How to Ignore All Errors in Word: A Step-by-Step Guide

Ignoring errors in Word might seem counterintuitive, but sometimes you’re in a rush or you know better than the spellchecker. To do this quickly, you’ll need to turn off the proofing features, and I’m here to show you how in just a few simple steps.

Step by Step Tutorial on How to Ignore All Errors in Word

Before we dive into the nitty-gritty, it’s crucial to understand that following these steps will turn off all the proofing marks. This means no more red squiggles under misspelled words or green lines for grammatical errors. Ready? Let’s get started.

Step 1: Open the File

Open the Word document you want to work on.

When you’ve got your document open, make sure you’re in a position to make changes. If it’s a shared document, you might need permission from the owner.

Step 2: Go to the ‘File’ Tab

Click on the ‘File’ tab in the top left corner.

The ‘File’ tab is like the control center of Word. It’s where you can access all the behind-the-scenes settings.

Step 3: Select ‘Options’

In the menu that appears, select ‘Options’ at the bottom.

The ‘Options’ window is where you can tweak Word to your liking, from how it looks to how it checks your work.

Step 4: Choose ‘Proofing’

In the ‘Word Options’ dialog box, choose ‘Proofing’ from the list on the left.

‘Proofing’ is where all the settings related to spelling and grammar live.

Step 5: Turn Off Proofing Errors

Under ‘Exceptions for’, choose ‘All New Documents’. Then, tick ‘Hide spelling errors in this document only’ and ‘Hide grammar errors in this document only’.

By selecting ‘All New Documents’, you’re telling Word to apply these settings to any new files you create from now on.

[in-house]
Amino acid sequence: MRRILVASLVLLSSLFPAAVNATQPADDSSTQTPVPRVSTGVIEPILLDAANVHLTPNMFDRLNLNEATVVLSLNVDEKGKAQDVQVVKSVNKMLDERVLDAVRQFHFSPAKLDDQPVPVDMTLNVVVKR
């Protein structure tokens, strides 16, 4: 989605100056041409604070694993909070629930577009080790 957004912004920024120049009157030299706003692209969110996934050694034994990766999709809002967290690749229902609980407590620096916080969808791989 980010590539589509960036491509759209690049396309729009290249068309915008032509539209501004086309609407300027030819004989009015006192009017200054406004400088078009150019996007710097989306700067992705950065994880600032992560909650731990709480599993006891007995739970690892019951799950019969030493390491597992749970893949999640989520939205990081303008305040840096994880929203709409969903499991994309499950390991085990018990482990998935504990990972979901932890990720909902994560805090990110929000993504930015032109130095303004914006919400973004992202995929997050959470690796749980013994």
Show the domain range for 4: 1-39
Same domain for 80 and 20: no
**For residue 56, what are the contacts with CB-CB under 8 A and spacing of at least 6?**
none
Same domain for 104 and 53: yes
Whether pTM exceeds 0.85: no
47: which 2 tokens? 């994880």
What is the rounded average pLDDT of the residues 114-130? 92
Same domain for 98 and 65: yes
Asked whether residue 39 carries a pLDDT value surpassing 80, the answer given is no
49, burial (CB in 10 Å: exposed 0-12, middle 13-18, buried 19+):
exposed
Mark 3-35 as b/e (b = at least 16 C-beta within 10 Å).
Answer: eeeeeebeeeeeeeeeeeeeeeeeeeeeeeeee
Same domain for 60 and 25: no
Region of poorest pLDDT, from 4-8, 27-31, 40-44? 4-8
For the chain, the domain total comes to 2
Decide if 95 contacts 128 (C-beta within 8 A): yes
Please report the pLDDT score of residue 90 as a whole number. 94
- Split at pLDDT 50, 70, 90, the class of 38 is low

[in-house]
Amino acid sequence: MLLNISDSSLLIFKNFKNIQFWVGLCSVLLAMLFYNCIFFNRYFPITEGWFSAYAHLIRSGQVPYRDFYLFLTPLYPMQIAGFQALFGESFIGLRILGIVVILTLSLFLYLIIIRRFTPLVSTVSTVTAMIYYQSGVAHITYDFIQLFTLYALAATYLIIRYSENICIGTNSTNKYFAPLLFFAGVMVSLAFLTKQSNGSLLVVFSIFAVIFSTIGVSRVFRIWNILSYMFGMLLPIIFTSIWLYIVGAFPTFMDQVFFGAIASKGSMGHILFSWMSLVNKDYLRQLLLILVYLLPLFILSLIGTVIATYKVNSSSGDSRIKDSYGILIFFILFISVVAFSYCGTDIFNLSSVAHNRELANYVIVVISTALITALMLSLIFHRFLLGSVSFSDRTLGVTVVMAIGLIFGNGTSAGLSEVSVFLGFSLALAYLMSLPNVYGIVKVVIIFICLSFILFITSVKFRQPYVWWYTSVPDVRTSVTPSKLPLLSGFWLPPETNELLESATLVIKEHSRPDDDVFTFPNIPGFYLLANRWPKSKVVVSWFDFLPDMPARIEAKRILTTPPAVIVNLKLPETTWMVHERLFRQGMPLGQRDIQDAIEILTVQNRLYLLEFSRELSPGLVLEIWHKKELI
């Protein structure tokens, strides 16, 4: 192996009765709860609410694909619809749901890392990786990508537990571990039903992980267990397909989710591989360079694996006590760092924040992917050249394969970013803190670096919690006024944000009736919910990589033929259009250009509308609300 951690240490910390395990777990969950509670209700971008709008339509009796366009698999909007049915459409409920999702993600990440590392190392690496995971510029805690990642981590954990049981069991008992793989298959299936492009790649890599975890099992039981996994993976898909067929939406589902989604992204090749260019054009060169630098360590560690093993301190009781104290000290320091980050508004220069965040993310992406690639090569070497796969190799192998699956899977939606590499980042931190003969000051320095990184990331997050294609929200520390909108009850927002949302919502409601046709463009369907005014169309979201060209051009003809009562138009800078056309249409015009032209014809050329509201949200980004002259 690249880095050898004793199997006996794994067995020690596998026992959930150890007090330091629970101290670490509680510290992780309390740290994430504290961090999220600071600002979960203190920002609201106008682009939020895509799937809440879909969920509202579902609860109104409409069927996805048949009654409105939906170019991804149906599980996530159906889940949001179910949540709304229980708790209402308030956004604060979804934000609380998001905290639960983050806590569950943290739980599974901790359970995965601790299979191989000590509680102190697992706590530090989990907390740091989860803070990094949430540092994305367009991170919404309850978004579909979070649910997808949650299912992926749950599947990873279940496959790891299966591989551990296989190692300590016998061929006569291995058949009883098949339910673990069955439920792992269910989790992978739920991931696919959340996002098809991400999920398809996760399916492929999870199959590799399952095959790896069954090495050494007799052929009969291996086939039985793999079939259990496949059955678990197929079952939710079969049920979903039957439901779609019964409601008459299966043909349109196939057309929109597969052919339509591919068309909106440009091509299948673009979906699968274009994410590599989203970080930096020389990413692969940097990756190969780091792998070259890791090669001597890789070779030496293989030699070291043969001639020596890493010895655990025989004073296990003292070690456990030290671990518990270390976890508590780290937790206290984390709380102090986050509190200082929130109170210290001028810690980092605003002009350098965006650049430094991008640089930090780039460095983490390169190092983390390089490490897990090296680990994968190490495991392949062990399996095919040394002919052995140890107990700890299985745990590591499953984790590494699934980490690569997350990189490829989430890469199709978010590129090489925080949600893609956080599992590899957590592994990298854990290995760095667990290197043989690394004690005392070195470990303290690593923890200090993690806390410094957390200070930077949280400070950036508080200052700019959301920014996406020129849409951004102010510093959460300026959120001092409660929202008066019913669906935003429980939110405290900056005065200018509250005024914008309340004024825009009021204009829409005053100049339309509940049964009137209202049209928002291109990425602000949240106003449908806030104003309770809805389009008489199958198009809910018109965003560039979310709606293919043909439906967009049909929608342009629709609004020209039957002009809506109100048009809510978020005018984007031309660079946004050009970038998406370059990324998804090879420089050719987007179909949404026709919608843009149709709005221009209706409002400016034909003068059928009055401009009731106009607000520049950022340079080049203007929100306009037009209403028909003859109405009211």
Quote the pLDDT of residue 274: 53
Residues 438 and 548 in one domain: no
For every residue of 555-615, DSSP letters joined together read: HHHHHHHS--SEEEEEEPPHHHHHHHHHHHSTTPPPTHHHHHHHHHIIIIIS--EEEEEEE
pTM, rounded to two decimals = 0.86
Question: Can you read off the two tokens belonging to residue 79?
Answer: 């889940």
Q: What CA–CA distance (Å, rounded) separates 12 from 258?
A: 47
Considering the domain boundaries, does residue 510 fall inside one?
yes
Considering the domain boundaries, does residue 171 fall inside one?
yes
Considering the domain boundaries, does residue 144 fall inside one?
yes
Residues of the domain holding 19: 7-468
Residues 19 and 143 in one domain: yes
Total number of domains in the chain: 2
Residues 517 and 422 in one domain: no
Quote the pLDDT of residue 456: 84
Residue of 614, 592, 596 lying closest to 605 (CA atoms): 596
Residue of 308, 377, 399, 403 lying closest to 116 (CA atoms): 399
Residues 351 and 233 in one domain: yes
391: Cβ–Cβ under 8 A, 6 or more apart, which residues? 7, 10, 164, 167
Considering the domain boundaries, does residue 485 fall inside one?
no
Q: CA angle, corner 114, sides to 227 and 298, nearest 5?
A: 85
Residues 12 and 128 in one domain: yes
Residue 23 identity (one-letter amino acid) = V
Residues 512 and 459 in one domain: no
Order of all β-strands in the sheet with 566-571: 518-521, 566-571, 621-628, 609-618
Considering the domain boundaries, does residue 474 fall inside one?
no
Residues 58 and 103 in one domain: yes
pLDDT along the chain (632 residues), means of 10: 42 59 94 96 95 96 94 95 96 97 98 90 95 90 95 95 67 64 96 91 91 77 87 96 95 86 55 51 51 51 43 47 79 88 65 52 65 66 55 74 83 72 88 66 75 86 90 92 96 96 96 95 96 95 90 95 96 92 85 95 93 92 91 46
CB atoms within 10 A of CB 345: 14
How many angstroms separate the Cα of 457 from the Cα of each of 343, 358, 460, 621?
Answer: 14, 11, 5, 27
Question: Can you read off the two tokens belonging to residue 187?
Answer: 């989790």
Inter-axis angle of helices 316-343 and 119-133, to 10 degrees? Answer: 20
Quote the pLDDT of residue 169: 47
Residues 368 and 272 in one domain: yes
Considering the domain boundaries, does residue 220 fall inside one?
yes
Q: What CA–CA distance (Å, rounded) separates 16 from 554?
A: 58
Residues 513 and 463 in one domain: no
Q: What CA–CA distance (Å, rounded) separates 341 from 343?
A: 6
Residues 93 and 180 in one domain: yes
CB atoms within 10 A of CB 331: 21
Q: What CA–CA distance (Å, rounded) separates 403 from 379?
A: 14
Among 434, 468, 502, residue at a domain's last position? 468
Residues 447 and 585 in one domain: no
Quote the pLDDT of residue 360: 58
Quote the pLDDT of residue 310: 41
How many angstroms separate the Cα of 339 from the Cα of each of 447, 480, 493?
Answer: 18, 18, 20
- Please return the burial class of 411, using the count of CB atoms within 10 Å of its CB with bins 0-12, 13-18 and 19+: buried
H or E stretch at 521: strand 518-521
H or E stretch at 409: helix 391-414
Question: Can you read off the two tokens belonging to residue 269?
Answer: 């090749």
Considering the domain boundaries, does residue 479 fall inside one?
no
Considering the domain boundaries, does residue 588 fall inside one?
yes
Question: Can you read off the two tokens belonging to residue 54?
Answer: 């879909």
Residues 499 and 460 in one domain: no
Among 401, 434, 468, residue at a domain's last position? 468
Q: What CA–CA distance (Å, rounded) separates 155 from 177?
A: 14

Once you complete these steps, all those pesky error marks will vanish. Your document will look clean, and you can type uninterrupted by those red and green distractions.

Tips for Ignoring Errors in Word

  • If you’re working on a document that’s full of technical jargon or names that Word doesn’t recognize, consider adding those words to the dictionary instead of turning off the proofing tools.
  • Remember that ignoring errors doesn’t mean they aren’t there. Always double-check your work if it’s for something important.
  • You can quickly toggle proofing marks on and off by right-clicking on a marked word and choosing ‘Ignore’ or ‘Add to Dictionary’.
  • If you only want to ignore errors in a specific part of your document, select that text before following the steps above.
  • Don’t forget to turn proofing back on when you’re done! It’s there to help you, after all.

Frequently Asked Questions

Will ignoring errors in Word save the changes for all documents?

Only if you select ‘All New Documents’ during the process. Otherwise, it’s just for the document you’re working on.

Can I turn proofing back on after I’ve ignored errors?

Absolutely. Just follow the steps again and uncheck the boxes you previously ticked.

If I add a word to the dictionary, will it recognize it in all documents?

Yes, once you add a word to Word’s dictionary, it becomes recognized in all your documents.

Can I ignore only spelling errors or only grammar errors?

Sure, you can choose to hide only spelling or only grammar errors by ticking the respective box.

Is there a shortcut to ignore errors in Word?

There’s no direct shortcut, but right-clicking on the error and selecting ‘Ignore’ is pretty quick.


  1. Open the document.
  2. Click on the ‘File’ tab.
  3. Select ‘Options’.
  4. Choose ‘Proofing’.
  5. Turn off proofing errors.


Ignoring all errors in Word is a handy trick for times when you’re in a rush or dealing with a lot of specialized language. While it’s tempting to leave those red squiggles behind forever, remember that proofing tools are like your silent editing partners—there to help you polish your work to perfection. So, use this power wisely, and don’t forget to switch those error checks back on when you’re ready to fine-tune your masterpiece. After all, even the most confident writers can miss a typo or two. With these tips and tricks up your sleeve, you’re all set to manage Word’s proofing features like a pro. Keep writing, keep creating, and let Word’s red pen be a guide, not a hindrance.

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